Which Party Pays for Small Claims Court Fees?

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  • Written By: N. Madison
  • Edited By: Jenn Walker
  • Last Modified Date: 18 February 2020
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Small claims court procedures vary from jurisdiction to jurisdiction. Many jurisdictions have procedures in common when it comes to small claims court fees, however. In most cases, each party to a small claims case is required to pay his own fees at the outset of the case. Once the case is decided, however, the party who loses is often responsible for paying or reimbursing the winner's court fees. If, for example, the plaintiff wins and incurred $75 US Dollars (USD) in court fees, the defendant in the case may be ordered to pay the $75 USD in addition to any other money the plaintiff won in the case.

Since the laws regarding the payment of small claims court fees may vary, a person may do well to check the laws in his jurisdiction before opening a small claims case. Many jurisdictions always award court costs to the winner of the lawsuit. This means a defendant who successfully defends himself in court and wins his case may be awarded court costs. In such a case, the plaintiff may have to reimburse the defendant for the small claims court fees on top of paying those he incurred as a plaintiff.


Some jurisdictions don't have laws that state which party will definitely have to pay court costs in a small claims court case. In some jurisdictions, a court may have some leeway with this. When awarding court costs, some judges or magistrates may be permitted to consider how a person behaved in court and prior to the court proceedings. He may also be permitted to consider the financial ability of each party when deciding who will pay these fees.

Depending on the jurisdiction in which a person files suit, there may be a range of fees to pay as part of the process. For example, many courts charge a basic fee for filing the case as well as fees for serving the court summons; some also charge fees to cover the costs of court reporting. A person may even incur fees for the copying and processing of official court documents. In most cases, small claims court fees are relatively inexpensive. Many people object to paying their own small claims court fees if they win their cases, and many jurisdictions follow this logic and require the loser to pay.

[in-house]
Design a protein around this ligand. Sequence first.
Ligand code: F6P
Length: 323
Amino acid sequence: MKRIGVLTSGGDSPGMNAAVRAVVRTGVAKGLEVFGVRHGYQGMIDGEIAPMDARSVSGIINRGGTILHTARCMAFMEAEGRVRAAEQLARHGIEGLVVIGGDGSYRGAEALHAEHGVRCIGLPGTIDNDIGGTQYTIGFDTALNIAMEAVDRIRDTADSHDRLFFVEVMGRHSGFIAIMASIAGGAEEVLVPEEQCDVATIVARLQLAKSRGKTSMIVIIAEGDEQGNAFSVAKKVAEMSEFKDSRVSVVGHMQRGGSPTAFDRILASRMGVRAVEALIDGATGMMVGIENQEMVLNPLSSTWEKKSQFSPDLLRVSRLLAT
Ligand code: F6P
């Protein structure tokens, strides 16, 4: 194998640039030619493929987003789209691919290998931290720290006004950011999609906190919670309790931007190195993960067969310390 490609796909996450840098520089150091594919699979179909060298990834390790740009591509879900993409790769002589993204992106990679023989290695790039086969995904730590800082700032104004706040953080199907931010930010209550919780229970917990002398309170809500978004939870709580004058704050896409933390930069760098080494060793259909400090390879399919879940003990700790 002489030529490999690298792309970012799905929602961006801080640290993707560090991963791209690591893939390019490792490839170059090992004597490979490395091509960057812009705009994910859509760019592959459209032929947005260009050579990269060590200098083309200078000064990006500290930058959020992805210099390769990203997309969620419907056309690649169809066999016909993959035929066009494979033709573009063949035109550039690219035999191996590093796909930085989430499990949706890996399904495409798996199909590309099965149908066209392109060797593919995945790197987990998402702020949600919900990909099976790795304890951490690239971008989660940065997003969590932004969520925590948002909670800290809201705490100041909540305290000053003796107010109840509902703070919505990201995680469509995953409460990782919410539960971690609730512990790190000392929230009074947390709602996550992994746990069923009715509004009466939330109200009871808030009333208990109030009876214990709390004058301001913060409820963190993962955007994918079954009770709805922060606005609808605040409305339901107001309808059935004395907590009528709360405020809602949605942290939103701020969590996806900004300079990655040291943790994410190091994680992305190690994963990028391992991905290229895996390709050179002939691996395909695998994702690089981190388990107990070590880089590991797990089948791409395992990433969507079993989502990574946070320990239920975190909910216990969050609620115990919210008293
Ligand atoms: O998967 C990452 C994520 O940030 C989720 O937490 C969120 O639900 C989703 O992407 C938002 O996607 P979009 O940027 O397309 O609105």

It is important to note that jurisdictions often differ not only in terms who pays court courts, but also what is allowed to be included in the total amount of court costs. In some places, a person can include the amount of legal advice he seeks in his court costs; in others, this is not allowed. Sometimes the cost of legal representation is included as well. Some courts do not allow lawyer representation in small claims court, however, so legal representation fees may not be included.


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Post 2

I was a defendant in a small claims case once, and fortunately the judge decided in my favor. The plaintiff tried to claim my dog destroyed his backyard vegetable garden, but I showed the judge a picture of my fenced yard and another neighbor testified about a stray dog that looked similar to mine. I would have been willing to pay for the damage to his garden if I had lost, but paying additional court fees felt like adding insult to injury. He was the one who was convinced my dog did the damage, so he should be the one to pay for the cost of bringing me to court.

Post 1

Personally, I believe the person initiating the law suit should be the one to pay the court fees up front. If the plaintiff does win the case, then the defendant would have to reimburse him after the fact. I can't see how it would be fair for a defendant to pay anything to a small claims court, considering he or she didn't volunteer to be there. The plaintiff is the party who had to decide whether or not to pursue legal action in the first place.

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